For the last several weeks after school my son Miles has been making prints as one of the six participants in the ACCESS/PRINT Project mentorship at Highpoint Center for Printmaking.

The ACCESS/PRINT Project (A/P Project) is a young artists’ mentorship program for high school students in grades 10–12. The selected participants must be highly motivated and committed to creating a strong portfolio that will be exhibited in the gallery at Highpoint. Participants will work with professional artist mentors at Highpoint’s printshop to learn printmaking processes including monoprinting, drypoint etching, relief block printing and screenprinting. After this introductory period, participants will plan an independent project that uses one or more of these techniques. Through individual mentorship, peer critique and supervised work sessions young artists will develop printmaking skills and gain confidence in their art-making.

There’s a drop-in open house next week, Wednesday February 23rd, 4.30 – 7.00 pm and the show’s opening reception is April 22nd, 5.00 – 7.00 pm.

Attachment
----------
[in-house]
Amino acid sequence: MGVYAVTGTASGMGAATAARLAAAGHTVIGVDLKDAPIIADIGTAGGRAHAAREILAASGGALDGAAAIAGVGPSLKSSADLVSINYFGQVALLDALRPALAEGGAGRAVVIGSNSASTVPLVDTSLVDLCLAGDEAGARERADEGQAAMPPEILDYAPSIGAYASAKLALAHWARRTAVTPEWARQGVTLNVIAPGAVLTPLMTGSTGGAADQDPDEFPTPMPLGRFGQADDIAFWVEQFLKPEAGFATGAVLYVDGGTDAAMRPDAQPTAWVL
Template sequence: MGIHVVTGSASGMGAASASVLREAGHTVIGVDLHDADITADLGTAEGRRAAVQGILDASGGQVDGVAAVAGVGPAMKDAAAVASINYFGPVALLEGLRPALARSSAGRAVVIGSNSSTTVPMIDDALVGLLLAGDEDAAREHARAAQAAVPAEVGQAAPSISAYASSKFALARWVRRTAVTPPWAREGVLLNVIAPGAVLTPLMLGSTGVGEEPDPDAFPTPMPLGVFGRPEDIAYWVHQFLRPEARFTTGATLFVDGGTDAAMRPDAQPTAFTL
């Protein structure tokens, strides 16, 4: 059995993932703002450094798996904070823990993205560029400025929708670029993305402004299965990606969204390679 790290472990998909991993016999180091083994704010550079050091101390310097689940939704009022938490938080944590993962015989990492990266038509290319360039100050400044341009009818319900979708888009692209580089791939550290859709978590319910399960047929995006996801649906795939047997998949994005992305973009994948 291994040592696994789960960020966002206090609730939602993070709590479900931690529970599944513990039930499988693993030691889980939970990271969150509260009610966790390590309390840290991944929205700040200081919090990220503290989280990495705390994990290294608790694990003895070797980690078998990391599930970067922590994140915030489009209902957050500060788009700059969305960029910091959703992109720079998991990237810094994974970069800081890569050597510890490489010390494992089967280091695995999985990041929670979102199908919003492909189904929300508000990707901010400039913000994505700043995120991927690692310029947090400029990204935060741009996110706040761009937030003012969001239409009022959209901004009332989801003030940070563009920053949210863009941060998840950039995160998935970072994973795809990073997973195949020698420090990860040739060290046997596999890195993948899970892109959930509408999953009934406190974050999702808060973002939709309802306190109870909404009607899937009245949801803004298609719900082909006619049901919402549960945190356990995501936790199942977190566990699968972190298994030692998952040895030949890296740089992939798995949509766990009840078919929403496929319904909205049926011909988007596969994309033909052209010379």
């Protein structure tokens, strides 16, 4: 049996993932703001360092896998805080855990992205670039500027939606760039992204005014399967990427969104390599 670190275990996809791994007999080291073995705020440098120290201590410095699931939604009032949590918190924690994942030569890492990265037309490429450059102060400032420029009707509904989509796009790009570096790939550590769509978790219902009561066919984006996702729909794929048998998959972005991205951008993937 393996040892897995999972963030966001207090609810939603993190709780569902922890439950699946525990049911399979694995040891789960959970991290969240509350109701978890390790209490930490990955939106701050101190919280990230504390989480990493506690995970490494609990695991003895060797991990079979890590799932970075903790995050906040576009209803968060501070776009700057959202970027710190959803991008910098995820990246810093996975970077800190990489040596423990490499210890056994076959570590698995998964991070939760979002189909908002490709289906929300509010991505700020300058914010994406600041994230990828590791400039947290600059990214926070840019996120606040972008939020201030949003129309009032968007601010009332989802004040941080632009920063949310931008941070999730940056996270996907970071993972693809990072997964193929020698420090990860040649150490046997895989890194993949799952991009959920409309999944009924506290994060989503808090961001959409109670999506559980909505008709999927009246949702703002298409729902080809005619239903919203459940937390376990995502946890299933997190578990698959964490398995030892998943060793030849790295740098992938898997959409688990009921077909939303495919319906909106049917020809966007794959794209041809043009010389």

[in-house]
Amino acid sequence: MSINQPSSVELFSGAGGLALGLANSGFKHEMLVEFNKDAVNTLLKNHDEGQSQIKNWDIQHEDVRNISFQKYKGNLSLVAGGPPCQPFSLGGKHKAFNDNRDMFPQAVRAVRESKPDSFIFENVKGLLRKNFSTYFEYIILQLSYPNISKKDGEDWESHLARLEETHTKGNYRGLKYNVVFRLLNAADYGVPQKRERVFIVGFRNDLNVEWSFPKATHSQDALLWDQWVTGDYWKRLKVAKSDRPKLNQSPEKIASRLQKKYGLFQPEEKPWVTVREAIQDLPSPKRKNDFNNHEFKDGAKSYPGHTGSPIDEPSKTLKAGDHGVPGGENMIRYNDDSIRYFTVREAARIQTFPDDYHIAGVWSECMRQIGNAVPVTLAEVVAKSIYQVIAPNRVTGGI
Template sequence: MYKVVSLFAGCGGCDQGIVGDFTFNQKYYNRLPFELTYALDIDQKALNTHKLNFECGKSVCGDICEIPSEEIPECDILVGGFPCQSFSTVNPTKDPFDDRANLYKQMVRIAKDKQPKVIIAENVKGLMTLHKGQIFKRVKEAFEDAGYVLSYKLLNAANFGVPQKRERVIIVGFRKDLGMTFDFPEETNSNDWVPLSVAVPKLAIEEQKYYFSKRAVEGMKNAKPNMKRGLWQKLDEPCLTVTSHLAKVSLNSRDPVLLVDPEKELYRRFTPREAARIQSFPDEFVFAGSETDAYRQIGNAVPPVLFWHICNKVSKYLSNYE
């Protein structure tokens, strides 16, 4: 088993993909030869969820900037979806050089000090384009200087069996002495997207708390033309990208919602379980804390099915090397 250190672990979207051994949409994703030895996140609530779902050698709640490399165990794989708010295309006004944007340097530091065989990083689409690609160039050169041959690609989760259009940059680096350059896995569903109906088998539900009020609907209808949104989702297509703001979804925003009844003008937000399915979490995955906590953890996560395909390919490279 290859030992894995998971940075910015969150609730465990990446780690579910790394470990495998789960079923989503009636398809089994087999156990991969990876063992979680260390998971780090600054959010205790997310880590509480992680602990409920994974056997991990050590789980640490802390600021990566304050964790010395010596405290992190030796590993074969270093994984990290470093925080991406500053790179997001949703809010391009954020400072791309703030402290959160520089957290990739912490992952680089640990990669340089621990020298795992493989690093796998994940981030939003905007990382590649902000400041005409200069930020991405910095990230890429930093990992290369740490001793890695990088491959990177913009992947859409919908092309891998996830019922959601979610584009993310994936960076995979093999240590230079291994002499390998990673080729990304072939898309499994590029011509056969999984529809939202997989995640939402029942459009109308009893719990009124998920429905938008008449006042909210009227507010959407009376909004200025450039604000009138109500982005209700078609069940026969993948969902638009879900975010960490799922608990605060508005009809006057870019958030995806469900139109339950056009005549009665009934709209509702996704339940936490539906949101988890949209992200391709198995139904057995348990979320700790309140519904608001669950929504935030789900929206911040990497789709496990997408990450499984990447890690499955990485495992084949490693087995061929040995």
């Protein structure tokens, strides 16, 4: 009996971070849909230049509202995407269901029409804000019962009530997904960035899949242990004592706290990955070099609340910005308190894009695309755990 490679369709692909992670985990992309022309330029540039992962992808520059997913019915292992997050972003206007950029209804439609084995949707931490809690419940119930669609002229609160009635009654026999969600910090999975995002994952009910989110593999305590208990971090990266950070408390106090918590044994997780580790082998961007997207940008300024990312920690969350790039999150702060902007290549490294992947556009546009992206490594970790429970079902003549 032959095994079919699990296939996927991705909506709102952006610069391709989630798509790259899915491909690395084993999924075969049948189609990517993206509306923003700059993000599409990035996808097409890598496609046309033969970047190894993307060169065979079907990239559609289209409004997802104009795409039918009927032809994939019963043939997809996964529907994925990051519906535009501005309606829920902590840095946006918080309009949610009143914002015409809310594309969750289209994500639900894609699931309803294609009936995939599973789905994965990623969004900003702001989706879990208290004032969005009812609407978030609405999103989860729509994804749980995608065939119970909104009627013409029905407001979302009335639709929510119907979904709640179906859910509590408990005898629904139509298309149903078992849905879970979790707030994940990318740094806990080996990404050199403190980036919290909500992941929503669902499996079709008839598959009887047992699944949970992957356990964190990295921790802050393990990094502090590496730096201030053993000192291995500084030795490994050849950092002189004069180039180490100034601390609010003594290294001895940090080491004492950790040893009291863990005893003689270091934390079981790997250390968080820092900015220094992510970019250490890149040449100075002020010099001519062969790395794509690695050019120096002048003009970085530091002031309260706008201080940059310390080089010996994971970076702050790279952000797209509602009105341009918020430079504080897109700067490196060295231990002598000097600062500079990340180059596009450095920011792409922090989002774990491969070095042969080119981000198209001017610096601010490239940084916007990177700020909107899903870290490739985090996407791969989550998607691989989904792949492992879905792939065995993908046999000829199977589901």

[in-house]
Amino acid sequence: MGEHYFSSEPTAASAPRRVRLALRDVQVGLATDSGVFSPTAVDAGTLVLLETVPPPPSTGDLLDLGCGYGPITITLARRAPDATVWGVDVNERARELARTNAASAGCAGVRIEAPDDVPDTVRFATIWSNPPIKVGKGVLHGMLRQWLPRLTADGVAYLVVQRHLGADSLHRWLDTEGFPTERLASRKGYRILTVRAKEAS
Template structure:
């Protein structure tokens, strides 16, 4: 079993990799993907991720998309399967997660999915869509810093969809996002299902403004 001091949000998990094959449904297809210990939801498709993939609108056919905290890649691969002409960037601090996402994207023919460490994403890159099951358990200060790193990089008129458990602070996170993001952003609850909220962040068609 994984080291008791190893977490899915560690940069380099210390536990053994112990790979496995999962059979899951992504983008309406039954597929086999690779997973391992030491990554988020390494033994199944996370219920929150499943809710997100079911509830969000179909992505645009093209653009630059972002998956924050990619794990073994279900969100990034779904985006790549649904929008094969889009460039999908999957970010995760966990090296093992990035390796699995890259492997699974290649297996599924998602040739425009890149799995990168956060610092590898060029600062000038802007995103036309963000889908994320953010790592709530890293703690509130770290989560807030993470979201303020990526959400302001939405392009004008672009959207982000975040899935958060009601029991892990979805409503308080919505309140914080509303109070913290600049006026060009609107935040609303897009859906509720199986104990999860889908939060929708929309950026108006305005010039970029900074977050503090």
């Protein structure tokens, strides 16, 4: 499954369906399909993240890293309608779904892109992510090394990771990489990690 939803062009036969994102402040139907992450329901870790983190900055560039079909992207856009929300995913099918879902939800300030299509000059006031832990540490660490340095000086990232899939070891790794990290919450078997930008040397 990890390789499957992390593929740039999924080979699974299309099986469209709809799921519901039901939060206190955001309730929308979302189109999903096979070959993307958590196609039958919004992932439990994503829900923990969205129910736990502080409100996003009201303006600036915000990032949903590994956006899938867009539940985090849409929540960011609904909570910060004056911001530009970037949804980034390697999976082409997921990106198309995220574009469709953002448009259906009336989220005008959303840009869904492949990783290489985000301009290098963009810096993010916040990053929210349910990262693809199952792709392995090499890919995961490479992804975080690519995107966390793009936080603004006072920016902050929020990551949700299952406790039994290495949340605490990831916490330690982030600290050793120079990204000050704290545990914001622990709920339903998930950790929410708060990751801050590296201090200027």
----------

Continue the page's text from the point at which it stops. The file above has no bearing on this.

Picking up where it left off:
Badlands Book

This past week I made a book, Badlands, which is primarily a practice piece for my MCBA mentorship. The images were photographed in the Badlands National Park, South Dakota and originally printed in platinum, although I’ve always felt they’d work well together in a small book.

The book contains 10 inkjet images printed on soft white Somerset Book paper, with hand-sewn signatures and a black Japanese bookcloth and Fabriano Roma paper cover. It doesn’t resemble in any way the final format for my MCBA book, but I did want to get more experience with the binding techniques. It’s 10″ x 8″ in size with 6″ square images. I laid out the minimalist book design in InDesign and printed the spreads using Roy Harrington’s excellent Quadtone RIP software to control the tonality of the images.

This is only the second time that I’ve bound a multi-signature case-bound volume, so I’m pleased it at least resembles a book. There are plenty of things wrong with it, although some may not be apparent, but I know they’re there.




The Minneapolis Institute of Arts

Recently I spent a morning at the Minneapolis Institute of Arts with the assistant curator of photographs, Christian Peterson, looking at portfolios and books that have original photographs bound in as I need to figure out a way of incorporating about twenty photogravures into my book. Christian pulled the books out of storage for me, including many by Lee Friedlander. One was especially interesting as it managed to combine both a quarter bound book, original silver prints and a case.